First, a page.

Students Serve Through ROTC

Posted on September 1st, 2009 by

Rappelling is just one of myriad skills that are honed during a weekend of training at Camp Ripley.

Rappelling is just one of myriad skills that are honed during a weekend of training at Camp Ripley.

By Alex Messenger ’10

Each spring, Gusties taking part in the U.S. Army’s Reserved Officer Training Corp (ROTC) travel to Camp Ripley for a weekend of training in the Joint Field Training Exercises (JFTX) to help prepare them to serve their country through the Army after graduation.

Nine current Gustavus students are part of the Maverick Battalion as cadets. The battalion also includes students from Minnesota State University Mankato (MSU) and Bethany Lutheran College. The battalion was established at MSU in 1981 and Gustavus became a partner in the early 1990s.

When cadets complete their four years and commissions they become Second Lieutenants. “Once they [cadets] graduate and commission they are serving their country for 8 years, for whatever reason they join… they are going wherever the army is telling them,” said LTC Thomas Cooper, professor of military science at MSU and among the cadre of commanding officers at the JFTX. Cadets largely get to choose their specialty, based on their skills and interests.

This spring’s JFTX was April 16-18 and designed to further train the cadets in army tactics and leadership. “This is probably our capstone event of the year and what it’s supposed to do is simulate Leadership Development Acceleration Course (LDAC) that is a 32-day course that we send our cadets to [in the summer],” said Cooper.

When the cadets arrive at Camp Ripley they are split into platoons and further into squads of about 9 cadets, each from different schools. The squads work together throughout the weekend as a team, with cadets rotating through the leadership positions.

Gustie Nicholas Bonestroo ’10 was given a leadership role. “I was assigned the Platoon leadership role, so I was basically tasked to be held accountable for 35 soldiers in my platoon. I had to keep them informed of our training events and tasks throughout the weekend; give them a general timeline of events; and make sure they knew what was going on,” said Bonestroo, an accounting major.

The younger cadets and older cadets split into different groups. At first, the younger ones attend classes and workshops on different topics, while older ones dive right into field exercises. The first exercise for the more experienced cadets was night land navigation, where each cadet was given coordinates of points to plot on a map, and instructed to find as many of them as possible within 3 hours—alone, in total darkness, and only using a map, protractor, and compass. The next morning they do a day land navigation.

Later in the weekend, the newer cadets do day and night land navigations, obstacle courses, rappelling, basic rifle marksmanship, marching, and squad work. The elder cadets spend much of their time in squad tactics. Following night-and-day land navigation, Field Leader’s Reaction Course (FLRC) occurs. This course tests an appointed squad leader’s ability to problem solve and lead effectively while dealing with obstacles, objectives, and time constraints.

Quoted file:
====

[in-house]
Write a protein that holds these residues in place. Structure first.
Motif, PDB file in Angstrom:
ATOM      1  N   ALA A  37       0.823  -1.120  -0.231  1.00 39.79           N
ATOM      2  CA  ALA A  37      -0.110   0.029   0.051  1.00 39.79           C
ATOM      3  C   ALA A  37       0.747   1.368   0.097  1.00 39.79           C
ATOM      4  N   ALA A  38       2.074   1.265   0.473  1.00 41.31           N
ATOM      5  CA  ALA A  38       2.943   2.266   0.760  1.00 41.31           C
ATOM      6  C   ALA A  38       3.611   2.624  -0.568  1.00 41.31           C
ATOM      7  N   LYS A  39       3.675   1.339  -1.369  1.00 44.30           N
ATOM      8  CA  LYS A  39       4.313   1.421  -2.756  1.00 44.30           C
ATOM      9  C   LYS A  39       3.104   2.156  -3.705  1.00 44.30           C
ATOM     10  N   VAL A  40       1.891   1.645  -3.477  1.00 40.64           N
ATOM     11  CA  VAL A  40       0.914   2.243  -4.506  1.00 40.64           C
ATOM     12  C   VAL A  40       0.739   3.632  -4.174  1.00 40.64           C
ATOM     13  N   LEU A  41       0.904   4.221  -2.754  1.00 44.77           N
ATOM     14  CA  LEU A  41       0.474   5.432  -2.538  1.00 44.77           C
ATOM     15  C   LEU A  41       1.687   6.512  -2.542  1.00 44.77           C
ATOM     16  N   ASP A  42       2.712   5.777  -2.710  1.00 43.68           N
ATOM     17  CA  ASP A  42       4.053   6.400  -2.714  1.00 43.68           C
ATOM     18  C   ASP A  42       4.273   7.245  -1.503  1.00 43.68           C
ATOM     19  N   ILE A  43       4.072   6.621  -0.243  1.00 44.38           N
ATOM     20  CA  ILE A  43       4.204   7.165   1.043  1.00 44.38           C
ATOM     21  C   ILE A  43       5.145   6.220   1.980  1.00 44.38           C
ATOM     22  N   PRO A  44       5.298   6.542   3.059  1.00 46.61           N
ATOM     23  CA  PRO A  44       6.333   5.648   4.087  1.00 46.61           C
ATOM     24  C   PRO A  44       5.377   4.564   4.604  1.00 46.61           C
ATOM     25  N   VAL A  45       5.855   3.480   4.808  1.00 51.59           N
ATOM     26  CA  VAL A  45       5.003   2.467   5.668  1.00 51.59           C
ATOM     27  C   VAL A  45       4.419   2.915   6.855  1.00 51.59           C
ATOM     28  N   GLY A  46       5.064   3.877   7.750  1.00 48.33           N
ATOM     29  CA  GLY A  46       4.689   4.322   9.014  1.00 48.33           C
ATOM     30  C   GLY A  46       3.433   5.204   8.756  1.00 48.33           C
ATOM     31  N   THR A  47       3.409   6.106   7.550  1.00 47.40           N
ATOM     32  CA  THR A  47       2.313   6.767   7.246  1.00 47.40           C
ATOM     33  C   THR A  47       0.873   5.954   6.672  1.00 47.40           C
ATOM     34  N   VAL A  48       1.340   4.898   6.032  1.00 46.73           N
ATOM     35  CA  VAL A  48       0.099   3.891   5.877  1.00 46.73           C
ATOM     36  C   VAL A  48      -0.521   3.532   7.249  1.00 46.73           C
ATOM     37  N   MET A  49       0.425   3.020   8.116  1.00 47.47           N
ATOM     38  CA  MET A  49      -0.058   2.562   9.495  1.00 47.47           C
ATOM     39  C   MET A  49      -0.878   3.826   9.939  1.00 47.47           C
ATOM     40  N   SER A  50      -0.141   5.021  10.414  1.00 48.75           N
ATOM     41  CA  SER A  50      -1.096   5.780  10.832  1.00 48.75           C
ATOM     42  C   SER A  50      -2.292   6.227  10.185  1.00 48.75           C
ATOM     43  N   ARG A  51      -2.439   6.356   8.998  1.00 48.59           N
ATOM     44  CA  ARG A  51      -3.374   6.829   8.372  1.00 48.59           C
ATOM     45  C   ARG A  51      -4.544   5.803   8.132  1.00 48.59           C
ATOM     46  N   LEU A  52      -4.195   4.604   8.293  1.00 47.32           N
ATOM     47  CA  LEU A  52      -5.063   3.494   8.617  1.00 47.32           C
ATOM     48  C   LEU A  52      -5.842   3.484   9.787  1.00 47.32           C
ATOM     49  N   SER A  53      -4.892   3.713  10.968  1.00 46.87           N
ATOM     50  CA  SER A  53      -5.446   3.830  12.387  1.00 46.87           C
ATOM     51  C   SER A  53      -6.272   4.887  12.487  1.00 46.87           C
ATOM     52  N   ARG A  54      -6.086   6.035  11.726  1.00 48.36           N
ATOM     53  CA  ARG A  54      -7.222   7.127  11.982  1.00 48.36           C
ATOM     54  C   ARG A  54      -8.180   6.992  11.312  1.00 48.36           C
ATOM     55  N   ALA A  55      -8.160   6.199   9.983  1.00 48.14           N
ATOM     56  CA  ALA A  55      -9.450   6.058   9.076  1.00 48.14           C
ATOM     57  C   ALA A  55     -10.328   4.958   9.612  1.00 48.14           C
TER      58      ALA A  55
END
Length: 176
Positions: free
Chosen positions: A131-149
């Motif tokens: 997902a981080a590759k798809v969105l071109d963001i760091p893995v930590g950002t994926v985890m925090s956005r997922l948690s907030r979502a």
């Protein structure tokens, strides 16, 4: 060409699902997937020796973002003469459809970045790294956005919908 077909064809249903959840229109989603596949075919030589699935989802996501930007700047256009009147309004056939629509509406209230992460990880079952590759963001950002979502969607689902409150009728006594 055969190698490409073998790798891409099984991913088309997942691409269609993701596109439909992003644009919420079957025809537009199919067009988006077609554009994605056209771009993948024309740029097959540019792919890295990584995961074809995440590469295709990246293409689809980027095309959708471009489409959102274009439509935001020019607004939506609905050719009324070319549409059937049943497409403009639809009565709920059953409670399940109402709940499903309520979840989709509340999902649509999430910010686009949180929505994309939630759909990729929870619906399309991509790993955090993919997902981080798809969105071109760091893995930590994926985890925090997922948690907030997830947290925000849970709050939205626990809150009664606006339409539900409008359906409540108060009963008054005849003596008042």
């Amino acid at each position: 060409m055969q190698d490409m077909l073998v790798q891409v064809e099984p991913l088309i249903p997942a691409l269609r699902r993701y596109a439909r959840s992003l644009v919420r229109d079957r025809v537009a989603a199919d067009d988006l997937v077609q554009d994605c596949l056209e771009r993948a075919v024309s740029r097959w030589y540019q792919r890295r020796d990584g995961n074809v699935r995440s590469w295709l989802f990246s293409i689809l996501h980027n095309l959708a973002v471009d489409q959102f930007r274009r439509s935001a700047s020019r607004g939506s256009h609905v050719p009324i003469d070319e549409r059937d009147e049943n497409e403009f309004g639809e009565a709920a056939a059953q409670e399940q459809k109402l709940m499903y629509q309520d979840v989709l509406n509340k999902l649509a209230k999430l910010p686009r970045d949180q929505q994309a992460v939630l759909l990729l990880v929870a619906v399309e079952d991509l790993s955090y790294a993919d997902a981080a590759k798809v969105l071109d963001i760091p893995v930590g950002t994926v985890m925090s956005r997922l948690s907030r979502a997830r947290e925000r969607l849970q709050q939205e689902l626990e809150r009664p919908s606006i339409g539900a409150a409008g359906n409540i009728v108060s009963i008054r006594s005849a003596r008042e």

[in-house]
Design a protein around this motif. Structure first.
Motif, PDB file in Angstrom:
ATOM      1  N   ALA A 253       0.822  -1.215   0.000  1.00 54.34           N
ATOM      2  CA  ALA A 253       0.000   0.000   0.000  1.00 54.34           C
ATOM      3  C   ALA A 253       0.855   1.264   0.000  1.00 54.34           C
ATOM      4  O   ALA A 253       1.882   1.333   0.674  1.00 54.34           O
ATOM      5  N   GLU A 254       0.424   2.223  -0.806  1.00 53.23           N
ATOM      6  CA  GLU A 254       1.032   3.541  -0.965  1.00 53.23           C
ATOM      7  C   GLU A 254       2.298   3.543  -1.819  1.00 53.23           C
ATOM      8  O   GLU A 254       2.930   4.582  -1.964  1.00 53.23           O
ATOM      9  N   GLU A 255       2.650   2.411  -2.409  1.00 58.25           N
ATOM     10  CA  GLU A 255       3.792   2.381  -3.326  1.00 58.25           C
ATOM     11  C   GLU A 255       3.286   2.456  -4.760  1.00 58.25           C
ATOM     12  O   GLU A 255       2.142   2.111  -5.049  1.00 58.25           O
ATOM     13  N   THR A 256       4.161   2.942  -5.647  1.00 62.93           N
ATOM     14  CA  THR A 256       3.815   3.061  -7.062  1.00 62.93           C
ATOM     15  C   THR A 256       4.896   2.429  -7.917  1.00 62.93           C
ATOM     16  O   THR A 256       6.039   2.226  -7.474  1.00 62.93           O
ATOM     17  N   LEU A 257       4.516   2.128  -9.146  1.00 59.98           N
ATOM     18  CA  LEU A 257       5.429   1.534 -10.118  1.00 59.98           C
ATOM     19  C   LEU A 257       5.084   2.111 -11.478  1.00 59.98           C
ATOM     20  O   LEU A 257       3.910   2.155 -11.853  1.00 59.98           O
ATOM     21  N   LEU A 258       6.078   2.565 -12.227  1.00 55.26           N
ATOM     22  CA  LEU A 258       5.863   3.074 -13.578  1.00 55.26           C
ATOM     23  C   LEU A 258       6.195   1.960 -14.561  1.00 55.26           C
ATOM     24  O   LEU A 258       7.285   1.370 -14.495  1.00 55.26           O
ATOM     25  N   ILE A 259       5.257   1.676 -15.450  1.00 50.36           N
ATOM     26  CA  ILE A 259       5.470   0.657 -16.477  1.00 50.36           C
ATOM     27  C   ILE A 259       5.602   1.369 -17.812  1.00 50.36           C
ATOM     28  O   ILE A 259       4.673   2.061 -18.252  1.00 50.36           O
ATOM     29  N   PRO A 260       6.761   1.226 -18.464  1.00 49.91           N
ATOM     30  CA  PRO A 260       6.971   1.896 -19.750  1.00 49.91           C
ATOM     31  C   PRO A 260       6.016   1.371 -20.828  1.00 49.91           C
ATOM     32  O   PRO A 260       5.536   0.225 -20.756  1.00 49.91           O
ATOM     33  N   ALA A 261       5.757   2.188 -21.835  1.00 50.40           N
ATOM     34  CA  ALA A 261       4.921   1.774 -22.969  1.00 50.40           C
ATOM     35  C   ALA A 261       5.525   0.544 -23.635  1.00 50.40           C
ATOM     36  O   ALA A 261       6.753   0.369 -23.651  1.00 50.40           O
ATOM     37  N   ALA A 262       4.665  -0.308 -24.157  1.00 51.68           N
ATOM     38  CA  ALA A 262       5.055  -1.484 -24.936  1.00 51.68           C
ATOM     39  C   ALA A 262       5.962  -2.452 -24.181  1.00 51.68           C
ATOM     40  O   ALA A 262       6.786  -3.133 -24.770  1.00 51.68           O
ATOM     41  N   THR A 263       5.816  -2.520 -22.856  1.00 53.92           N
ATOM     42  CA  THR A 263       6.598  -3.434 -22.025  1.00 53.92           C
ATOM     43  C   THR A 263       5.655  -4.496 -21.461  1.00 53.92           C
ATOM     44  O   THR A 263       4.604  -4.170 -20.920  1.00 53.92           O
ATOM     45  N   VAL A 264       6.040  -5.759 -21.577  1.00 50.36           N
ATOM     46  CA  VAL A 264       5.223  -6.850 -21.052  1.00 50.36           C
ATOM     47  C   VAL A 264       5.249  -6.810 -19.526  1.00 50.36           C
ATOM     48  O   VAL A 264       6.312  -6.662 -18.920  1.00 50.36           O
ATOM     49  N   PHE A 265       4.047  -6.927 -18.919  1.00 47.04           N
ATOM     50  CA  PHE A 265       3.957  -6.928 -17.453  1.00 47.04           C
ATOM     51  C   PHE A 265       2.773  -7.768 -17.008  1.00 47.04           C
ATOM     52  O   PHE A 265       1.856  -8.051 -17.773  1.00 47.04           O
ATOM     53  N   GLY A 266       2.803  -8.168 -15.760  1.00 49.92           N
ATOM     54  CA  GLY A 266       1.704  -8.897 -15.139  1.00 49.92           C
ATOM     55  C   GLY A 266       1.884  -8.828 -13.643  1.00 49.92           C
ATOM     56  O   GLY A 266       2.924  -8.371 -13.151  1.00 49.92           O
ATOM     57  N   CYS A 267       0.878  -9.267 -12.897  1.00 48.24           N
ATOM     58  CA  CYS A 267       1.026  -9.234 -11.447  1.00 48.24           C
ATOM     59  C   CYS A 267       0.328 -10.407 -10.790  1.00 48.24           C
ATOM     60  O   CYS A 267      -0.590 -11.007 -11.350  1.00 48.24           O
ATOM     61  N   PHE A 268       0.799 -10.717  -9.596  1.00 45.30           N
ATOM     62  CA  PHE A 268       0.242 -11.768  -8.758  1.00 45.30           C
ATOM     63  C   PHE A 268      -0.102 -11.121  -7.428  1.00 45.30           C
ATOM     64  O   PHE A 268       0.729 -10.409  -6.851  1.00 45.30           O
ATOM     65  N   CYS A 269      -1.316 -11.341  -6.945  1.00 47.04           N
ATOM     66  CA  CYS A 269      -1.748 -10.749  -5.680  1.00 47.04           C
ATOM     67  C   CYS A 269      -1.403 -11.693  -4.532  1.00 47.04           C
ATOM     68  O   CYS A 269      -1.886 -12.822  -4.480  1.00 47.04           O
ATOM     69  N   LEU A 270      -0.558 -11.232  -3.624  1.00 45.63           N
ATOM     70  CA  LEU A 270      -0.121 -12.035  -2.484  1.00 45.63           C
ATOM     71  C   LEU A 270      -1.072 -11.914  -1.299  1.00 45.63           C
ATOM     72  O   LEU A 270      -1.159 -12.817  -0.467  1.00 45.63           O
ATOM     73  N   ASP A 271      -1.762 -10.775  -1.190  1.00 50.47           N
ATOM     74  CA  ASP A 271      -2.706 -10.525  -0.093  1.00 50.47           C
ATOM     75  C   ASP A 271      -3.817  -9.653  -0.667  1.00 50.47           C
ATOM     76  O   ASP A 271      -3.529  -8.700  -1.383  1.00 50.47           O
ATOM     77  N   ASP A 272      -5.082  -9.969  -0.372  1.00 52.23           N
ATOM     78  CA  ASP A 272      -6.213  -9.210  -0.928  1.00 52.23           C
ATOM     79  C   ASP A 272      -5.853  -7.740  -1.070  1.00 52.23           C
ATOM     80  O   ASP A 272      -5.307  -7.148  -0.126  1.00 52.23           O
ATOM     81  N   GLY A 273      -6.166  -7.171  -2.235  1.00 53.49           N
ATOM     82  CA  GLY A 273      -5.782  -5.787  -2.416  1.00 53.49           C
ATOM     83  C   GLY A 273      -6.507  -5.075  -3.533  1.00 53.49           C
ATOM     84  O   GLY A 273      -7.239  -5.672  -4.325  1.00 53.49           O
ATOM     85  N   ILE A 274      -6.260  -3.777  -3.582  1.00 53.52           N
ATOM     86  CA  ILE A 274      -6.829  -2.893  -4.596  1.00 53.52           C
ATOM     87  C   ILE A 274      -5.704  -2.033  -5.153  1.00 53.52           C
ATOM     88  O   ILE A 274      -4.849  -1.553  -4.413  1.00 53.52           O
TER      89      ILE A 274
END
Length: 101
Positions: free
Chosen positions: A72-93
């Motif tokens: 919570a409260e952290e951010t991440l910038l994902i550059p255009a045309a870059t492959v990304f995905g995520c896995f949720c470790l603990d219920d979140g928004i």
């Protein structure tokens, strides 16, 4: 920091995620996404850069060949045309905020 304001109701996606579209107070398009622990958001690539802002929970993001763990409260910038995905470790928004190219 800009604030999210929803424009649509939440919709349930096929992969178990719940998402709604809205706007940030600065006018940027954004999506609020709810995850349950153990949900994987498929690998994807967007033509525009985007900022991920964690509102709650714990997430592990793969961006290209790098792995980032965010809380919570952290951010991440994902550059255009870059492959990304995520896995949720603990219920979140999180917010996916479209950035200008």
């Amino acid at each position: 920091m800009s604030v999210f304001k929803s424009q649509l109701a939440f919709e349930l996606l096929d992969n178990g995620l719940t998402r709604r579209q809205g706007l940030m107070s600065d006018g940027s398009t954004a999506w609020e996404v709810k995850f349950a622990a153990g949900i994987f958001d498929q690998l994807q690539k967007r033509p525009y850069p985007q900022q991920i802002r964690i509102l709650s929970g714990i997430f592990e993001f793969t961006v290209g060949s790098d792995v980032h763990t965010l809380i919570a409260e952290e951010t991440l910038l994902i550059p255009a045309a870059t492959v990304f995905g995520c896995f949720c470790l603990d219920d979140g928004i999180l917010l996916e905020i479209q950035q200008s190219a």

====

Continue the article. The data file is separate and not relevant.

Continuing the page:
A prevalent component of the JFTX was the Situational Training Exercise (STX) lanes. These are very hands on for the cadets and work on a cadet’s ability to lead a squad in a simulation of a true to life set of orders and objectives. Cadets are given objectives, simulate radio communication, locate information, clear bunkers, assist in humanitarian efforts, and engage opposing forces .

“I really enjoyed the STX lanes, if only because it gave us a chance to come together as a group and really find out everyone’s strengths and weaknesses, said Bonestroo. The thing that stands out for me was the paintball lanes, it was the first year we were able to do that. It just adds another dimension to running the missions because it is meant to simulate the idea you can actually sustain a casualty by being shot. It gives an added sense of urgency or stress to the situation as opposed to just firing blanks.”

The cadets went through 9, two-hour STX lanes over the course of two days, with each cadet having the opportunity to act as squad leader. In the middle of those STX lanes, in order to sleep, cadets performed Patrol Base Operations—the army procedure followed to ensure that they have a safe and secured area to sleep and regroup.

“It’s a really good opportunity for us to come together and fill in any gaps that we’ve had in our training and, at the same time, be there to help out fellow cadets if they had any questions or weren’t familiar with something.” said Bonestroo.

“It was definitely a learning experience for all of us,” agreed Gustavus students Troy French ’10, Ben Bauknecht ’10, and Jake Partridge ’10.


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